Mermen sometimes appear in modern comics, games, television shows and films. Although they were once depicted largely as being unattractive in some traditions as described in previous sections, in some modern works, mermen are portrayed as handsome, strong and brave. In the 1977–1978 television series Man from Atlantis, the merman as played by Patrick Duffy is described as a survivor from Atlantis. In the DC Comics mythology, mermen are a common fixture of the Aquaman mythos, often showing a parochialistic rivalry with humanoid water-breathers. The mermen or merfolk also appear in the Dungeons & Dragons game.
The Australian TV series Mako: Island of Secrets (2013–2016), a spin-off of H2O: Just Add Water, includes a teenage boy named Zac (played by Chai Hansen) who turns into a merman. The 2006 CG-animated film Barbie: Mermaidia features a merman character named Prince Nalu.
- List of piscine and amphibian humanoids
- List of hybrid creatures in mythology
- Fish-man of Cantabria, Spain
- "1983... (A Merman I Should Turn to Be)"
- Berrosus, as preserved by Alexander Polyhistor.
- It also occurs in Gesner (1558).
- The settler was Grímr Ingjaldsson whose family hails from Haddingjadalr (Hallingdal), Norway.
- This boy is identifiable as Þórir (anglicized as Thore).
- This is replicated in the Vincenzio Formaleoni map of 1783 "Planisferio antico di Andrea Bianco Che si conserva in Venezia nella Biblioteca di S. Marc", LUNA, JCB Map Collection. The figure occurs at the far right.
- Translation of Gesner's Latin passage given in: Benito Cereno. "Burgeoning Lads of Science".
- Gesner's artist told him "he had received a drawing of a skeleton of such an animal in Antwerp. Also, another man brought back this monster dried from Norway to lower Germany, male and female".[f]
- An illustration similar to Gesner's monstrum marinum was later printed by Kaspar Schott in Physica-Curiosa and labeled as "Triton". Llewellyn Jewitt has also reproduced an illustration quite similar to Schott's, claiming it came from Rondelet.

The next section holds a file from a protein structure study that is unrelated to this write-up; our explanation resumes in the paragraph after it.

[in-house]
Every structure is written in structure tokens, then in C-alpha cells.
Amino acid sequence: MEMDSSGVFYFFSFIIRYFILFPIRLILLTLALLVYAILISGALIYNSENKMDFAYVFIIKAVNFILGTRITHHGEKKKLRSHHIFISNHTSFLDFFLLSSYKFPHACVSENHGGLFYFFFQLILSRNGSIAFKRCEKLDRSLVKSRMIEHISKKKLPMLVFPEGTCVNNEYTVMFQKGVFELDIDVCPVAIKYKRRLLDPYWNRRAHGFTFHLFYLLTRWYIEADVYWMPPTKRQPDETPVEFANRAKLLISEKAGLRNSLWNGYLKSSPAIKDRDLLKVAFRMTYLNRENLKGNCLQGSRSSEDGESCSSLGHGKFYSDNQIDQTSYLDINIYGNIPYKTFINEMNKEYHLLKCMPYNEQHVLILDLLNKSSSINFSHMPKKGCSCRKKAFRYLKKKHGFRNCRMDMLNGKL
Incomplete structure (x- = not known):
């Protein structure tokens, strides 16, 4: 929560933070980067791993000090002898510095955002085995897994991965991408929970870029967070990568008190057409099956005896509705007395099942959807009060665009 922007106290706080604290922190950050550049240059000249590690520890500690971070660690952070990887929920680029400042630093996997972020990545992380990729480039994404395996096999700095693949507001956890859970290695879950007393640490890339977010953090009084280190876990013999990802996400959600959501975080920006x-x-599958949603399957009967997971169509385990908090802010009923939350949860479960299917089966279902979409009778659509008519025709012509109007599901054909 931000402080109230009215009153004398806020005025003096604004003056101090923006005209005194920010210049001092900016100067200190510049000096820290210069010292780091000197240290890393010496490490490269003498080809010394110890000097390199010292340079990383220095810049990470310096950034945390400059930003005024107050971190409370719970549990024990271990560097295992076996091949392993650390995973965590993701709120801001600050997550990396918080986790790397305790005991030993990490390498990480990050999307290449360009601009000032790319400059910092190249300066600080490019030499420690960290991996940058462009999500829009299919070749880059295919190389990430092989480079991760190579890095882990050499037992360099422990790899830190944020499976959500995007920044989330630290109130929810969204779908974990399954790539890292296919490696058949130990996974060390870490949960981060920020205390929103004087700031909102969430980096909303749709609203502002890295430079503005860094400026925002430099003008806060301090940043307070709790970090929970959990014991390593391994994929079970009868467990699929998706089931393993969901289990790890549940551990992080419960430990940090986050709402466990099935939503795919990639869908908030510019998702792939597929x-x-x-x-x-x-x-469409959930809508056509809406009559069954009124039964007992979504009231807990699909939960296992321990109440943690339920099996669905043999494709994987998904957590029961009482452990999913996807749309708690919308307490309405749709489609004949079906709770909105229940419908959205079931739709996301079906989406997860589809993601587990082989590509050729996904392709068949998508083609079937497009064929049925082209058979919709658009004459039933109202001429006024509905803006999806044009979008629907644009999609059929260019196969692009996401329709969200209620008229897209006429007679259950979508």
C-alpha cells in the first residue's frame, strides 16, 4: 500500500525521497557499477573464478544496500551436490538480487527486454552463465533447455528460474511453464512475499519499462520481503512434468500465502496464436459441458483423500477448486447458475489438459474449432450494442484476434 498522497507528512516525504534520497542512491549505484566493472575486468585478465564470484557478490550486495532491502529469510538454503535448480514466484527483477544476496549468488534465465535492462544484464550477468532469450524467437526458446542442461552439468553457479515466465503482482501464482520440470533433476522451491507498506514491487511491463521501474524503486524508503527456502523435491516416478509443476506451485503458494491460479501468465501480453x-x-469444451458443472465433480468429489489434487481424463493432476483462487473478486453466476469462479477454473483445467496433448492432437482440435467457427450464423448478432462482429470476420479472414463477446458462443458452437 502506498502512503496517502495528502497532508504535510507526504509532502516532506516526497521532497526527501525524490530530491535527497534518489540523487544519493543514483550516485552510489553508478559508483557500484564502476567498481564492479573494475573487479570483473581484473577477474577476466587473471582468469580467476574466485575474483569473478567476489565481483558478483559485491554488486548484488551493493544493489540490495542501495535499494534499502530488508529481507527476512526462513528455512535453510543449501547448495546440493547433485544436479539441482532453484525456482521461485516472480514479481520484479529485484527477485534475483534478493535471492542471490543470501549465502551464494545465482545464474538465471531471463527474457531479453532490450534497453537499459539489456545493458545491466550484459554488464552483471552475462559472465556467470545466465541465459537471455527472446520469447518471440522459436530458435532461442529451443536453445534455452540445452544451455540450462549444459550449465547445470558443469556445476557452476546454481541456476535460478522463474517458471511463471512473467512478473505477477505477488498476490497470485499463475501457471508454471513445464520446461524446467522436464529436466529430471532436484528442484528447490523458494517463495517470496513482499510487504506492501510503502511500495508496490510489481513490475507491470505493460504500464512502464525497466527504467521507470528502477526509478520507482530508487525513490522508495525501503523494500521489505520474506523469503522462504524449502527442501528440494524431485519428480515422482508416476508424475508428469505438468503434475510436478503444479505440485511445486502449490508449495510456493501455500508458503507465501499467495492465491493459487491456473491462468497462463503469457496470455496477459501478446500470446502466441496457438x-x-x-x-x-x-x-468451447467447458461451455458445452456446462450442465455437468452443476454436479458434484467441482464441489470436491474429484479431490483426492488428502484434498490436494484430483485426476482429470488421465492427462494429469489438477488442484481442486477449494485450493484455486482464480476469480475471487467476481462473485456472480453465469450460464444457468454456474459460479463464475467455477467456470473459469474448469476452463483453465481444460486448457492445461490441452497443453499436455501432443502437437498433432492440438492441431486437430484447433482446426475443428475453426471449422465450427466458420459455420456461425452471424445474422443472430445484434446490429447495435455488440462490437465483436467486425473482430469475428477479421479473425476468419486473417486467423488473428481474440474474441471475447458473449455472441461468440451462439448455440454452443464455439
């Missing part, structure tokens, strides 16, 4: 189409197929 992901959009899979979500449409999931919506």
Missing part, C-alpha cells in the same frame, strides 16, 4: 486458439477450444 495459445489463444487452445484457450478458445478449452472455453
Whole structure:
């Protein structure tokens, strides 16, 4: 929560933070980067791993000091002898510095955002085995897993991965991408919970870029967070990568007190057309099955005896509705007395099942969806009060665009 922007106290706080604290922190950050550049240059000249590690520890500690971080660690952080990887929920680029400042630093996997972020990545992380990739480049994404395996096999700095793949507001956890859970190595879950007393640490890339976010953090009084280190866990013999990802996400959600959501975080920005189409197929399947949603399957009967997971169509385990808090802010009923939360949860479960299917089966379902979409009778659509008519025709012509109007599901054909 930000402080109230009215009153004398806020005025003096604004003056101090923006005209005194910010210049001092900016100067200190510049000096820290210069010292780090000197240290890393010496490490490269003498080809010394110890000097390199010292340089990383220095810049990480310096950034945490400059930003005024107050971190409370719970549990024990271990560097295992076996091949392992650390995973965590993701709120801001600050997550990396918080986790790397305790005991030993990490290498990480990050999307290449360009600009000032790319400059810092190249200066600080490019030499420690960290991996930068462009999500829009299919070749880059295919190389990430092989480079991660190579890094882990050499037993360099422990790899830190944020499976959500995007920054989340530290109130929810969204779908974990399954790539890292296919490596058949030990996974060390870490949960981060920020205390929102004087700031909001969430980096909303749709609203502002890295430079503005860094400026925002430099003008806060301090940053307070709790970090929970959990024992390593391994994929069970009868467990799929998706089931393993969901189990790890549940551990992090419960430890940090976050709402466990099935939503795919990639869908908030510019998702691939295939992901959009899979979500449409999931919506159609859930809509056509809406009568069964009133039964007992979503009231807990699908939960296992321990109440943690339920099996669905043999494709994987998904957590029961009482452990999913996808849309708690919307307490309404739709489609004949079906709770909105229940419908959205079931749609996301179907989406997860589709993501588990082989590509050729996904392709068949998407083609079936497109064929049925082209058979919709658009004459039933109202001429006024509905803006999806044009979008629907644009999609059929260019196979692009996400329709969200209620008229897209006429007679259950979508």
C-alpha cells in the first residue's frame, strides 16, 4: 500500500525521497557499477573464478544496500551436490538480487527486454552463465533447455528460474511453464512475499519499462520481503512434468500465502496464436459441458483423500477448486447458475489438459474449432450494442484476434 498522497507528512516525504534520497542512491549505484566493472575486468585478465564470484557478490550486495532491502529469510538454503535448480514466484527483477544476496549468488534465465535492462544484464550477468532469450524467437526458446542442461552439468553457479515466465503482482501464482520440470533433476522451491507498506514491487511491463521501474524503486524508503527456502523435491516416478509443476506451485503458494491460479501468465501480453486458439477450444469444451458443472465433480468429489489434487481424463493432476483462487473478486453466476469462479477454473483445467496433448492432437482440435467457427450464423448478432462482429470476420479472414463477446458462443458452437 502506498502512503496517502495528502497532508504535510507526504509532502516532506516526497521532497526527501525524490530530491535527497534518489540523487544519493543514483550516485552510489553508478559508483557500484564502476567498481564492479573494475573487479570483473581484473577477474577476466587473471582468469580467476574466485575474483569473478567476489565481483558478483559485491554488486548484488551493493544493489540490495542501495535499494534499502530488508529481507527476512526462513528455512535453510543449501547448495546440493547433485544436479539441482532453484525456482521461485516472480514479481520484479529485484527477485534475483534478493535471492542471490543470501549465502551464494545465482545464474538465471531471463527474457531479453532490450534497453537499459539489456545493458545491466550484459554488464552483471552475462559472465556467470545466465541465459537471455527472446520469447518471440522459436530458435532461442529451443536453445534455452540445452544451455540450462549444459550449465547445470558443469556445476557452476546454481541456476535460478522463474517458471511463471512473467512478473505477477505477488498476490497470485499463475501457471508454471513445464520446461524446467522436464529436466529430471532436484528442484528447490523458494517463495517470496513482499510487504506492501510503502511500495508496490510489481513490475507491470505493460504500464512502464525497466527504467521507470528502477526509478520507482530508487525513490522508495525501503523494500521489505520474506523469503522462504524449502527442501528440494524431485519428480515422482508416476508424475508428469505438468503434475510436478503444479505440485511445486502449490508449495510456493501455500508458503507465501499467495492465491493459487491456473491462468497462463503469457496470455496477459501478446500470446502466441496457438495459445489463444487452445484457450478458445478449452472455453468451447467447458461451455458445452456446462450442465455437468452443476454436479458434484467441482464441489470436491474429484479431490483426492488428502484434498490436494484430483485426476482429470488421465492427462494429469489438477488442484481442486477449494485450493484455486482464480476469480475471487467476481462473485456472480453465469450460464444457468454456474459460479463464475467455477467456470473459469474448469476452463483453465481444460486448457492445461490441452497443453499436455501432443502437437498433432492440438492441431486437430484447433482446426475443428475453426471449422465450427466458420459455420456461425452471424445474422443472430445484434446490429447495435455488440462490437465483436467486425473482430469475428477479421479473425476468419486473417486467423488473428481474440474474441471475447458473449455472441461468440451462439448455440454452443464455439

- Halldor specifies Tíðfordríf and commentary on the Snorra Edda
- Thorpe (who uses Faye as source, p. 9. note 2), interpolates Old Norse marmennill for merman and margygr for mermaid. This is followed by Bassett.
- The modern word marmæle may derive from (be a corruption of ) the diminutive marmennill, or so it has been suggested.
- However, it should be remembered that a polling of the folklore of the "British Isles" would include Irish folklore, and the story of the male merrow Coomara was Thomas Keightley's invention.
- Gudger notes as corroborating circumstantial evidence the fact that Guillaume Rondelet's source received description of the bishopfish from some informant in Amsterdam (and the Dutch were the importers of the mermaid mummies).
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- Worthington, Martin (2019). "Chapter 8 The fish:puzur nūnī". Ea’s Duplicity in the Gilgamesh Flood Story. Routledge. ISBN 9780429754500.
The earliest example is probably an unpublished “tutelary figure of Ea” made of lead and wearing a fish cloak, excavated at Nineveh
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..der Meerteufel, Daemon marinus, der den Unterkörper eines Fisch und den Oberkörper eines Menschen hat, der Kopf und Hörner hat wie ein Bock oder wie der Teufel und die Brust ist wie bei einer Frau